SQL Server Integration Services (SSIS) XML ETL Package

Learned a lot about SQL Server Integration Services (SSIS) and ETL packages in the last few days…

I have 36,934 XML files in several subdirectories that needed to be imported into a SQL database so that I could report on the metadata to build some convincing data on the level of indexing on a client project.

The first issue I faced was that Kodak Capture Pro doesn’t output the data in the best XML format. It formats the data like this:

<?xml version = "1.0" encoding = "utf-8"?>
  <root>
    <document>
      <field level = "document" name = "Client Number" value = "00000314638"/>
      <field level = "document" name = "Client Short Name" value = "SOME CLIENT"/>
      <field level = "document" name = "IBS Oper Acct ACBS Cust Num" value = "00004437252"/>
      <field level = "document" name = "Document Type" value = "LaserPro Disbursement Request Form"/>
      <field level = "document" name = "Effective Date" value = "02-13-2014"/>
    </document>
  </root>

What I needed was for it to be formatted like this:

<?xml version = "1.0" encoding = "utf-8"?>
<root>
  <document>
    <ClientNumber>00000314638</ClientNumber>
    <ClientShortName>SOME CLIENT</ClientShortName>
    <IBSOperAcctACBSCustNum>00004437252</IBSOperAcctACBSCustNum>
    <DocumentType>LaserPro Disbursement Request Form</DocumentType>
    <EffectiveDate>02-13-2014</EffectiveDate>
  </document>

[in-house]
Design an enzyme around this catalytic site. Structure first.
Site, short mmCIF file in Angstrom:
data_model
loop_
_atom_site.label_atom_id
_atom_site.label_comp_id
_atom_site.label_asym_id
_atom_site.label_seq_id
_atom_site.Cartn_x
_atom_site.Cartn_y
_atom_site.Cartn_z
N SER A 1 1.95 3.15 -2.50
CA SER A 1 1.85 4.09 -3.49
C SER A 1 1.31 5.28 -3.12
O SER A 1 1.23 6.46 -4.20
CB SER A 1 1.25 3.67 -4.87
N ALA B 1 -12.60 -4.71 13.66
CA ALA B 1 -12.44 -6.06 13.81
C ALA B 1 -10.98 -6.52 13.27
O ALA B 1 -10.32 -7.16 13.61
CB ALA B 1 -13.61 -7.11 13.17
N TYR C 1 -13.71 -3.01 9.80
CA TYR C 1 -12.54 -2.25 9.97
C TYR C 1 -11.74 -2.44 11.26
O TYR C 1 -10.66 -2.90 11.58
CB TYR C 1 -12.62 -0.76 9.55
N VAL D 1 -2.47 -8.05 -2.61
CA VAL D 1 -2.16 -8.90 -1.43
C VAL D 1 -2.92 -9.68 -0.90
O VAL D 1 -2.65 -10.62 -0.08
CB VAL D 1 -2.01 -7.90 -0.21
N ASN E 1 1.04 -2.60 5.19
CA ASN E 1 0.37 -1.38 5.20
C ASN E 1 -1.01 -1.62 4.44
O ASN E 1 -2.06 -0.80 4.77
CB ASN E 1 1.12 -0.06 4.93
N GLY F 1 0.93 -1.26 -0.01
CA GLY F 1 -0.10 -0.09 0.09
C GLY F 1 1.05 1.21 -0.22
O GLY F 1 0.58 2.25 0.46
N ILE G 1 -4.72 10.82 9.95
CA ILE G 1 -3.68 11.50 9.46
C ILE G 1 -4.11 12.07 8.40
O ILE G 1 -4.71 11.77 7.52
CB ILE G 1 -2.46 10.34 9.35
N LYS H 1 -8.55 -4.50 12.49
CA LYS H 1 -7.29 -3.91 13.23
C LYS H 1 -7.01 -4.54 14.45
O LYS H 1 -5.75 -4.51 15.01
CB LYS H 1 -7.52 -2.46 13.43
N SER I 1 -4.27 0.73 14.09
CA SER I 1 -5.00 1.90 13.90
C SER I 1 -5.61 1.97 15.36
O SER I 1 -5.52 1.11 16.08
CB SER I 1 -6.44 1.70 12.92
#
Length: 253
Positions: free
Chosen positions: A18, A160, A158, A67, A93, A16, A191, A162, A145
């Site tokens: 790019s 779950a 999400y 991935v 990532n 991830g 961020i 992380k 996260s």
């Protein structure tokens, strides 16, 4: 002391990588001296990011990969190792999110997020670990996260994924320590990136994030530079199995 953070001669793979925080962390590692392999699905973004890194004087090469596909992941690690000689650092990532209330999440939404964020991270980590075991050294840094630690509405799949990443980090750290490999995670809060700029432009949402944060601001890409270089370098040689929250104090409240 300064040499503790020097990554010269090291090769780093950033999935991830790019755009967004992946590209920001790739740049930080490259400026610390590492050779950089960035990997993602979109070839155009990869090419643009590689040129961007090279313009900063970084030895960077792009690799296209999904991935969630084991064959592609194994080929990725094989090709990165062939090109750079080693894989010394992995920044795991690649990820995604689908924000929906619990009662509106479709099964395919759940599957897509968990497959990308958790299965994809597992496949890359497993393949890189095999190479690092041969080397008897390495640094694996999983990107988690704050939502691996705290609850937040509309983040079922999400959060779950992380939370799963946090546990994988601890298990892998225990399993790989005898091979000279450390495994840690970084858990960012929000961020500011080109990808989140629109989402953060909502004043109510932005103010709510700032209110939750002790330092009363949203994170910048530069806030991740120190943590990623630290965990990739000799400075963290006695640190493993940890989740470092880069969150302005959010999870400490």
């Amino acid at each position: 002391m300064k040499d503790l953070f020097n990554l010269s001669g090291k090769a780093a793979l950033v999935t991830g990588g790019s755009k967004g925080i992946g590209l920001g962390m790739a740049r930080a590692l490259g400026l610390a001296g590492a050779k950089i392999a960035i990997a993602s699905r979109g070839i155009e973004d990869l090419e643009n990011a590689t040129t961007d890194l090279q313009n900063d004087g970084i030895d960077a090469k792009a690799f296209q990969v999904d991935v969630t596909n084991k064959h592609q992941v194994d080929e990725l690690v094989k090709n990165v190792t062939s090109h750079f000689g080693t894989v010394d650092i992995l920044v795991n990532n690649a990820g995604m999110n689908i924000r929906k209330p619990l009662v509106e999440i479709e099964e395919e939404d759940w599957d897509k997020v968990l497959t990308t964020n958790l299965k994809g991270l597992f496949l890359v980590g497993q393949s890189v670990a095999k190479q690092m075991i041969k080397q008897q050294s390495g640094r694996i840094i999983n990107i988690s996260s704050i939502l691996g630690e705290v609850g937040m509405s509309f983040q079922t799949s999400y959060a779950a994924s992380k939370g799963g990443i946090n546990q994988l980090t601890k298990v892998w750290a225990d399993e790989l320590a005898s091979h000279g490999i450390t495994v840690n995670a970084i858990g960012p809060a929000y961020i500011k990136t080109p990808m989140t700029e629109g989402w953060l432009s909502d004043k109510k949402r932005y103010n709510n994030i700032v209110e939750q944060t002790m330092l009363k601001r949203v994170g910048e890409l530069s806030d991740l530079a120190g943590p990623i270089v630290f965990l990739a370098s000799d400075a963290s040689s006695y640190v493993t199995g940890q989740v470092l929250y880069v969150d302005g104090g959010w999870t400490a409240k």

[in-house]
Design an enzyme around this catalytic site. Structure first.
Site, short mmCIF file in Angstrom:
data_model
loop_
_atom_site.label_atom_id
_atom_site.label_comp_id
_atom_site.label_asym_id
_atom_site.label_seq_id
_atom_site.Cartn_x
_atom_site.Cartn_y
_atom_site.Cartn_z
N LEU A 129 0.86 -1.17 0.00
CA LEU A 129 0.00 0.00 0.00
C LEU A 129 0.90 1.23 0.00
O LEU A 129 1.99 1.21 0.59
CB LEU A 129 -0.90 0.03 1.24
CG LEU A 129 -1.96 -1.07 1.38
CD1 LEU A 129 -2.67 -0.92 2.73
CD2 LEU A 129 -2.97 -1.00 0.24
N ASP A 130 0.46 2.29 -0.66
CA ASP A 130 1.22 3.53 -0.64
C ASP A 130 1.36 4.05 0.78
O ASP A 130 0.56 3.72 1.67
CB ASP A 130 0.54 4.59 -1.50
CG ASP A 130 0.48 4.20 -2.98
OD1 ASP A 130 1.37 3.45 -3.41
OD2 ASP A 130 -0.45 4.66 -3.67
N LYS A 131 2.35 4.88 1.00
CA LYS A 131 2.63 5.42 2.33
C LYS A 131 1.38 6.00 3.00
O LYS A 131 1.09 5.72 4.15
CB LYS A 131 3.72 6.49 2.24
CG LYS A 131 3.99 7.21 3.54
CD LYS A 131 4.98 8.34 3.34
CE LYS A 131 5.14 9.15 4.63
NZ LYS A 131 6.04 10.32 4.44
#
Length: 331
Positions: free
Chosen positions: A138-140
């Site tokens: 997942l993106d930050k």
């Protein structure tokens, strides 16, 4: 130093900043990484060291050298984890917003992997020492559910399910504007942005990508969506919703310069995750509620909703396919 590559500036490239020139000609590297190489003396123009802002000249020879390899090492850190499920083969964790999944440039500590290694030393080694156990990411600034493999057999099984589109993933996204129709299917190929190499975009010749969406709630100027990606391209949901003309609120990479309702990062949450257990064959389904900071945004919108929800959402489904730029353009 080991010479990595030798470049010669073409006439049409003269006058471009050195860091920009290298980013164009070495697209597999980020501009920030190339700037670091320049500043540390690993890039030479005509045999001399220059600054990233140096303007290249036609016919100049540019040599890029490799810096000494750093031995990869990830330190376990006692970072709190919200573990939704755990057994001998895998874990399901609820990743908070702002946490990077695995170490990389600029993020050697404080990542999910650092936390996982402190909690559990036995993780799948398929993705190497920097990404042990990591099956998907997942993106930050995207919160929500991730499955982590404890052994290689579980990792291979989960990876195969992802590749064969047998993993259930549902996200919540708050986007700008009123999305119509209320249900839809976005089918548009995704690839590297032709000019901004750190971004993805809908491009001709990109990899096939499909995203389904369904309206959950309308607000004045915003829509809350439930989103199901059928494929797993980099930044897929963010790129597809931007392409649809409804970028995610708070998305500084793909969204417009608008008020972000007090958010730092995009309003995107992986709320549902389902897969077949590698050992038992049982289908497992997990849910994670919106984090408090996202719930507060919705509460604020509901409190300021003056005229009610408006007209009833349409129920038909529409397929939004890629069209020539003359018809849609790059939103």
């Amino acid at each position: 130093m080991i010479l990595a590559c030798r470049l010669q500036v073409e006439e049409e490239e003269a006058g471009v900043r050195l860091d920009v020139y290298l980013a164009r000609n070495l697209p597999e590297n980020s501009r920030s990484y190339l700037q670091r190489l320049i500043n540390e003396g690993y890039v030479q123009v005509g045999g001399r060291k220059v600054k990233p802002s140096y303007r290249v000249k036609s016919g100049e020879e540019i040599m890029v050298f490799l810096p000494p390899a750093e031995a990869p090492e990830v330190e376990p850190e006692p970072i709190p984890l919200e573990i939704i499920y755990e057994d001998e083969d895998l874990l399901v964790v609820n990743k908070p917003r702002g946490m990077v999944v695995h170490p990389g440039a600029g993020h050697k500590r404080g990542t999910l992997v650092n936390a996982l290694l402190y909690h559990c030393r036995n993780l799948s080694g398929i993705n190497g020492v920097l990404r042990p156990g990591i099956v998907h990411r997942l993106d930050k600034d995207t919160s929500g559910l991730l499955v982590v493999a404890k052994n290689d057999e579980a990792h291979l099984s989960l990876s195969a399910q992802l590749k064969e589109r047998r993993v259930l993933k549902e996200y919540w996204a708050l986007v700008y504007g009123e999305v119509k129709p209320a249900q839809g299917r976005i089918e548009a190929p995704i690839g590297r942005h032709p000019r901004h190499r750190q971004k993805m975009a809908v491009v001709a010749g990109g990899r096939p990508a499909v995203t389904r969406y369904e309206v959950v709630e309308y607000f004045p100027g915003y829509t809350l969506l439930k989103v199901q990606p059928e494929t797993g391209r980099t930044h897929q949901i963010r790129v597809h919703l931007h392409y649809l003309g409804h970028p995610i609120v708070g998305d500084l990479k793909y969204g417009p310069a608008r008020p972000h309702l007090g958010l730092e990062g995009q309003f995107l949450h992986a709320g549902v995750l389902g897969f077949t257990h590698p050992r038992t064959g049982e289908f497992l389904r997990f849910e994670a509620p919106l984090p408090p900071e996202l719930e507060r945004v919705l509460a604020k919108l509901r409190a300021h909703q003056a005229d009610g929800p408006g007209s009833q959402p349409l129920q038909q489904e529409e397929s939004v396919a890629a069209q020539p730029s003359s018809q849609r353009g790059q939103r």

</root>

So, thanks to some help on stackoverflow.com I was able to create an SSIS XML Task to run the XML files through XSLT to transform the data. I then stored that transformed XML in a variable. The variable was passed along to my SSIS Data Flow Task which allows me to map the fields to my SQL Database table columns and import the data!

The next issue I faced were rows where the data was too long and would get truncated caused the SSIS package to stop. So, I added error handling that redirected the row data and the error code/description to an error table in my database. This allowed me to go back and correct the issues but more importantly, it allowed the SSIS package to keep running!

The last issue was a few of the XML files got corrupted. Pete got in me the direction of writing some VB.NET code to handle that error. What I ended up doing was writing to a text file the filename of the XML that was invalid and then once again continuing on the SSIS package. When it was all done there were two files (out of 36,934) that were bad. It was a simple missing “ in the element data that caused the rest of the file to be off. Easy fix!

I now have all 36,934 rows imported into my SQL database. Now I can write my SQL Server Reporting Services reports against that table and come up with my metrics!

It’s not fast though. It took 3,596 seconds to import 36,934 rows of data. That breaks down to 59.93 minutes or about 1/10th of a second per row. I’m guessing there are some inefficiencies in my looping through the directories building the list of XML files but at the end of the day (literally now at 11:22pm) it was more about getting the data in than worrying about performance. I’d like to go back and do some research as to how to improve speed but that will be once the fire is put out and the reports are delivered!

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